For example, the string “Wed Jul. 5 09:58:23 1995” and string 624 “067486/QTMTWSG/QTWSG00712” both get hashed together into a session identifier signature 626 (2 different keys concatenated together) as demonstrated in the prototype code debug messages of Table 3:
vt_open: Hash pszTime for lst half key value
vt_open: pszTime: >Wed Jul 5 09:58:23 1995<
CalcCRC32: CRC Seed: >00000000<
CalcCRC32: CRC Value: >8D3FAFE6<
vt_open: Hash VT_Job for 2nd half key value
vt_open: VT_Job: >067486/QTMTWSG/QTWSG00712<
CalcCRC32: CRC Seed: >00000000<
CalcCRC32: CRC Value: >81CD39DF<
vt_open: Using VT Key >8D3FAFE681CD39DF<
Likewise, panel identifier signature 628 (1 key) for browser client 124 is generated by a 32-bit CRC hashing algorithm of the screen panel buffer (not shown). This is done for EVERY panel that goes out, so every panel has a different panel key 628. Thus, a panel key is a portion (sub-string) of the session identifier string, generated from hashing the panel into a key. (The terms “key” and “signature” are used interchangeably.)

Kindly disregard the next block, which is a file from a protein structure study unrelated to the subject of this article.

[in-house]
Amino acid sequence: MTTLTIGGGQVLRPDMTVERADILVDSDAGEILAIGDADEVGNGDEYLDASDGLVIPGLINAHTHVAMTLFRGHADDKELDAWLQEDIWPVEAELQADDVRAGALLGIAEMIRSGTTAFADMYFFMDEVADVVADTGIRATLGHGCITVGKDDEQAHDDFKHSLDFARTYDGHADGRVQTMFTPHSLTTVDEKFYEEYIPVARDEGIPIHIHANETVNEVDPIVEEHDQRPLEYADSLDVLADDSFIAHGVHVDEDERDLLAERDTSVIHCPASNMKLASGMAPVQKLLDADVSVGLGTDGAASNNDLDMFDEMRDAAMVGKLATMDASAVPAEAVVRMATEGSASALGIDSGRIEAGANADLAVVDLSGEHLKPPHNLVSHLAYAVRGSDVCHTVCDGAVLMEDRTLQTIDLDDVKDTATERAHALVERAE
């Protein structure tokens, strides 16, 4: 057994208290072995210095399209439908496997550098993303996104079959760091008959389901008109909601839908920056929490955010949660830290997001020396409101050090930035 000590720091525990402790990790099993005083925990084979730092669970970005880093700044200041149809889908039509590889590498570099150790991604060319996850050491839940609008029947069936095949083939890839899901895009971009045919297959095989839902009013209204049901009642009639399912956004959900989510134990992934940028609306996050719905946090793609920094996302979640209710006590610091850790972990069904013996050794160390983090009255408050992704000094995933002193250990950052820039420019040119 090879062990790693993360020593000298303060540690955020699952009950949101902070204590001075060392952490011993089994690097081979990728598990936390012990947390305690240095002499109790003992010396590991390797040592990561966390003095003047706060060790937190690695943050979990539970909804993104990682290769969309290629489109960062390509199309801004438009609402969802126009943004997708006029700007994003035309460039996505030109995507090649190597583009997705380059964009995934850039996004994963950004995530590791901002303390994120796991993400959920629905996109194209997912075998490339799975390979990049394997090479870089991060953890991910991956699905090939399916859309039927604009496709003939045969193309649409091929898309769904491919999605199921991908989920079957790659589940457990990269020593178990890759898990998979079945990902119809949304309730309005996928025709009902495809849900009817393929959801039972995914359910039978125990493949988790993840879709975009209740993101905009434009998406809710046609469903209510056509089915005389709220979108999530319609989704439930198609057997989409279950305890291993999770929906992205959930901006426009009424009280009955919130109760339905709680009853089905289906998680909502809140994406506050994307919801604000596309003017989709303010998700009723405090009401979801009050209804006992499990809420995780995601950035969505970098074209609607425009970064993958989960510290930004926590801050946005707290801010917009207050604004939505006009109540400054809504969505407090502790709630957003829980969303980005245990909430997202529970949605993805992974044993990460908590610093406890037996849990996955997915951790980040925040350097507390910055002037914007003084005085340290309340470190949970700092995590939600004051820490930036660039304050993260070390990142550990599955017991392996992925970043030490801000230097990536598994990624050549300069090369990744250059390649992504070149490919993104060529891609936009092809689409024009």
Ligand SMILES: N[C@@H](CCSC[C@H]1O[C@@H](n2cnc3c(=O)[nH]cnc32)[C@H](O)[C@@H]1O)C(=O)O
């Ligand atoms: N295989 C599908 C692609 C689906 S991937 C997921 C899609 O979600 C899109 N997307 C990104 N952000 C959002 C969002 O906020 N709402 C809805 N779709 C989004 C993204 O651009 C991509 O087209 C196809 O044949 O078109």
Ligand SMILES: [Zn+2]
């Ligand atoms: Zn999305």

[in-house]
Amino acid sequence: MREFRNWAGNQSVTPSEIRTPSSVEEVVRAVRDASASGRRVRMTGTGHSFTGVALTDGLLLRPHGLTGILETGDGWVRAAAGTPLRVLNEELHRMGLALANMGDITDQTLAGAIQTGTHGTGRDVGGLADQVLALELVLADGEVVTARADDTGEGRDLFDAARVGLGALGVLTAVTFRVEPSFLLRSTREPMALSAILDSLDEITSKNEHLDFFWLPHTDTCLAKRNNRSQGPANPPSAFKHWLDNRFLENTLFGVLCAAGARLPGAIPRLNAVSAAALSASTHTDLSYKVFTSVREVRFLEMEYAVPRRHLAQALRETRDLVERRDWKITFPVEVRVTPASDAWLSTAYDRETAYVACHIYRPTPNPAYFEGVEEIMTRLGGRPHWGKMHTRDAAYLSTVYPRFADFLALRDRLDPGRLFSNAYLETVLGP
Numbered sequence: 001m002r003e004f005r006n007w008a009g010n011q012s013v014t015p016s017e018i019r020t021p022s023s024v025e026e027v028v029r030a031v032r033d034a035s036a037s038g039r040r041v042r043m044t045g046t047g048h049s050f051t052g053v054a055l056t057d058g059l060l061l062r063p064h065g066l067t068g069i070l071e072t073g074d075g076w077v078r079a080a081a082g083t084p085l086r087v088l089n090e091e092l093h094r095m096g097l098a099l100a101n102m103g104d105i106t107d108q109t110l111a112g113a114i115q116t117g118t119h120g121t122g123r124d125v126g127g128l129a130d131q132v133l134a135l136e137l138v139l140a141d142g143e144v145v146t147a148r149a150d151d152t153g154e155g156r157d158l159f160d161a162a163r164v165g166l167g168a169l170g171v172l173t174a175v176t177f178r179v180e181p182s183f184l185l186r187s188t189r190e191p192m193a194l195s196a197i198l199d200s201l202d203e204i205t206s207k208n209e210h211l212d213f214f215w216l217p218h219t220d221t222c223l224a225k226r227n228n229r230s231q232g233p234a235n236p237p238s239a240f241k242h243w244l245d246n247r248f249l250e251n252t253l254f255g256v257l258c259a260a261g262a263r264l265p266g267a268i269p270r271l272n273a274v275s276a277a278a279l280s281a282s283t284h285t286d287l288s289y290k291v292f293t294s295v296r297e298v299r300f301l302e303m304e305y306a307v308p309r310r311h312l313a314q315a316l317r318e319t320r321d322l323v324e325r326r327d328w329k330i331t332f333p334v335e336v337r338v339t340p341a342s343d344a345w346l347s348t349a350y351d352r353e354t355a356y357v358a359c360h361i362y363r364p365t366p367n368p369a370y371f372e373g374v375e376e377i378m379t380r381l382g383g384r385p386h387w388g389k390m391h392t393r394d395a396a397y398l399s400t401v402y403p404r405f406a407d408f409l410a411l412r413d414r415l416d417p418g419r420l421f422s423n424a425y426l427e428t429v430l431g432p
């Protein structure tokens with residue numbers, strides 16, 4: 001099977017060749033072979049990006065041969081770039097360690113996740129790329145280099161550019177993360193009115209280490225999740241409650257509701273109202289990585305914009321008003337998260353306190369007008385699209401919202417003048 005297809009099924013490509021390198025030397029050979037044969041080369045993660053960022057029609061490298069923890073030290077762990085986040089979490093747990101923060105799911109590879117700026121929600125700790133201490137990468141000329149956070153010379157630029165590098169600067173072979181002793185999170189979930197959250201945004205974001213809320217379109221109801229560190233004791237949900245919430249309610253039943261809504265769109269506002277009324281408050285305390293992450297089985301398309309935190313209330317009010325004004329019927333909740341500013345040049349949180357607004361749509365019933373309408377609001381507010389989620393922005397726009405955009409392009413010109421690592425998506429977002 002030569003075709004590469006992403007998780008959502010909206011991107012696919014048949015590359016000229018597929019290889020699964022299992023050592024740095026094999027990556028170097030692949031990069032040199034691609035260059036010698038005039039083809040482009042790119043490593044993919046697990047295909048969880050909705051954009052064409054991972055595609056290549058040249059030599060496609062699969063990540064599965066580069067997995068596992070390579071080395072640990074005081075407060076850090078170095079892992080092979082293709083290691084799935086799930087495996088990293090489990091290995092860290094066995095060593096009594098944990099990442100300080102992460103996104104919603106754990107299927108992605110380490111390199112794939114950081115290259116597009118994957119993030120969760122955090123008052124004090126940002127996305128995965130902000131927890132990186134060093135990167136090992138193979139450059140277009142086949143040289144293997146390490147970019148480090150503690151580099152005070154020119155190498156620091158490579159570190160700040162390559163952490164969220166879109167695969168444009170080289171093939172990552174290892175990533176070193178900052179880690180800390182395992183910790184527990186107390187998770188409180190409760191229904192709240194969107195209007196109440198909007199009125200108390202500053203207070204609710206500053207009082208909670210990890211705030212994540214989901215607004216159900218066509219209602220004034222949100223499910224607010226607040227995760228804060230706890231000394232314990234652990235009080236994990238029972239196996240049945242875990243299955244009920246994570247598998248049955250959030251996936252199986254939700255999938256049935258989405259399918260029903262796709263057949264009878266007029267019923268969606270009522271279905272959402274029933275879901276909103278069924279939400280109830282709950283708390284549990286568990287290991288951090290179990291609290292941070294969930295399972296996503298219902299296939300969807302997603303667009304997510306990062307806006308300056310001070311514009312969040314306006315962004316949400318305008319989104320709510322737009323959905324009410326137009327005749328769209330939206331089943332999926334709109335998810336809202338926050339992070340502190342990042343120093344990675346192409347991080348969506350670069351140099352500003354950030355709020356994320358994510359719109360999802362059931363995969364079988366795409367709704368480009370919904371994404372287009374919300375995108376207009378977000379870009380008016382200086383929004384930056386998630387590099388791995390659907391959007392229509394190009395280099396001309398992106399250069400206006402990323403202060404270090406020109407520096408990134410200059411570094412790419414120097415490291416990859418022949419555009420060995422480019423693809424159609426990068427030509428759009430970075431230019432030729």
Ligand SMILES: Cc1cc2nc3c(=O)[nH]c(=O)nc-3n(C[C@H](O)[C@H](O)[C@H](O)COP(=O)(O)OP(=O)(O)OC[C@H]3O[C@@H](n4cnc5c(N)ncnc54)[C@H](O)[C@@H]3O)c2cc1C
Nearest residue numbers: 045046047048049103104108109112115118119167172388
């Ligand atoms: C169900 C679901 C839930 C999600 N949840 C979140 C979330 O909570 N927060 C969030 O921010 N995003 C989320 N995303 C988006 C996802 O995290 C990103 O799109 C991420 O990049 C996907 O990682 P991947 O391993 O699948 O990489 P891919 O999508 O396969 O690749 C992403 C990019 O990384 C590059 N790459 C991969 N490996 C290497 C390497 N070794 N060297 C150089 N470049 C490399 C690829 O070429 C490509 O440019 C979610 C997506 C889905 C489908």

Cyclic redundance checking (CRC) hashing technology is well known to those skilled in the art. See, for example, Terry Ritter, “The Great CRC Mystery”, in Dr. Dobb's Journal, February 1986, pages 26-34.
In accordance with the invention, dynamic session authentication checking is done by the server 110-114 to insure screen spoofing does not occur. Since authentication keys are unique to each session and each panel, spoofing can only occur via real-time interception of the keys. This provides “pretty good” security, because keys are hashed using time stamps, meaning keys cannot be re-used. The hashing algorithm has odds of getting duplicate keys of “1 in 4 billion”. As the server uses 3 keys, the odds against spoofing are fairly high. As is illustrated in FIG. 5, field 626 is two keys concatenanted together: the first key is from hashing the time stamp, and the second key is from hashing string 624. The third key is string 628. Thus, field 606 represents the three keys all concatenated together. This time stamp is created and used only once, for each web browser client that requests a session. This means each session has a single time stamp associated with it, intended to defeat attempts to spoof a session because the time stamp changes each time a new session is requested. This time stamp does not change with each panel; rather, the panel key tracks panel changes as there may be a series of panels within a session. The real keys exist in the session identifier signature 626, as the panel signature 628 is mainly to keep the client Web Browser 124 “tree” in sync with the active panel.